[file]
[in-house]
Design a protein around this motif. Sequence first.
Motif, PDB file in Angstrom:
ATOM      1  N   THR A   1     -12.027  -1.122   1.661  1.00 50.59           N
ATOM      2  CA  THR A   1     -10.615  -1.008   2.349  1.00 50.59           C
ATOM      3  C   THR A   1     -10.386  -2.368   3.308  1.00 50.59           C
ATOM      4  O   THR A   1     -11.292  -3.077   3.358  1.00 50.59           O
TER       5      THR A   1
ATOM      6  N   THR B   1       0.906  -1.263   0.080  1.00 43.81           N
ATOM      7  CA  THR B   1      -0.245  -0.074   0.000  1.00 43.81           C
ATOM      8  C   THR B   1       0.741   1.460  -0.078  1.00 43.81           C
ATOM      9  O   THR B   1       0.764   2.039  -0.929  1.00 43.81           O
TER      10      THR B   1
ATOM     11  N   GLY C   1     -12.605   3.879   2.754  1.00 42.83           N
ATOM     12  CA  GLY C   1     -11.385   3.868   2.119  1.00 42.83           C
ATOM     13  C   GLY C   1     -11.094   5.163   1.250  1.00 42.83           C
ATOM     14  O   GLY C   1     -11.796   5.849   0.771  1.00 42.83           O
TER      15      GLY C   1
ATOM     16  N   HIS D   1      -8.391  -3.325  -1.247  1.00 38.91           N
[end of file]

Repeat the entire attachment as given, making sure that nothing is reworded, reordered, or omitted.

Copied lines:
[in-house]
Design a protein around this motif. Sequence first.
Motif, PDB file in Angstrom:
ATOM      1  N   THR A   1     -12.027  -1.122   1.661  1.00 50.59           N
ATOM      2  CA  THR A   1     -10.615  -1.008   2.349  1.00 50.59           C
ATOM      3  C   THR A   1     -10.386  -2.368   3.308  1.00 50.59           C
ATOM      4  O   THR A   1     -11.292  -3.077   3.358  1.00 50.59           O
TER       5      THR A   1
ATOM      6  N   THR B   1       0.906  -1.263   0.080  1.00 43.81           N
ATOM      7  CA  THR B   1      -0.245  -0.074   0.000  1.00 43.81           C
ATOM      8  C   THR B   1       0.741   1.460  -0.078  1.00 43.81           C
ATOM      9  O   THR B   1       0.764   2.039  -0.929  1.00 43.81           O
TER      10      THR B   1
ATOM     11  N   GLY C   1     -12.605   3.879   2.754  1.00 42.83           N
ATOM     12  CA  GLY C   1     -11.385   3.868   2.119  1.00 42.83           C
ATOM     13  C   GLY C   1     -11.094   5.163   1.250  1.00 42.83           C
ATOM     14  O   GLY C   1     -11.796   5.849   0.771  1.00 42.83           O
TER      15      GLY C   1
ATOM     16  N   HIS D   1      -8.391  -3.325  -1.247  1.00 38.91           N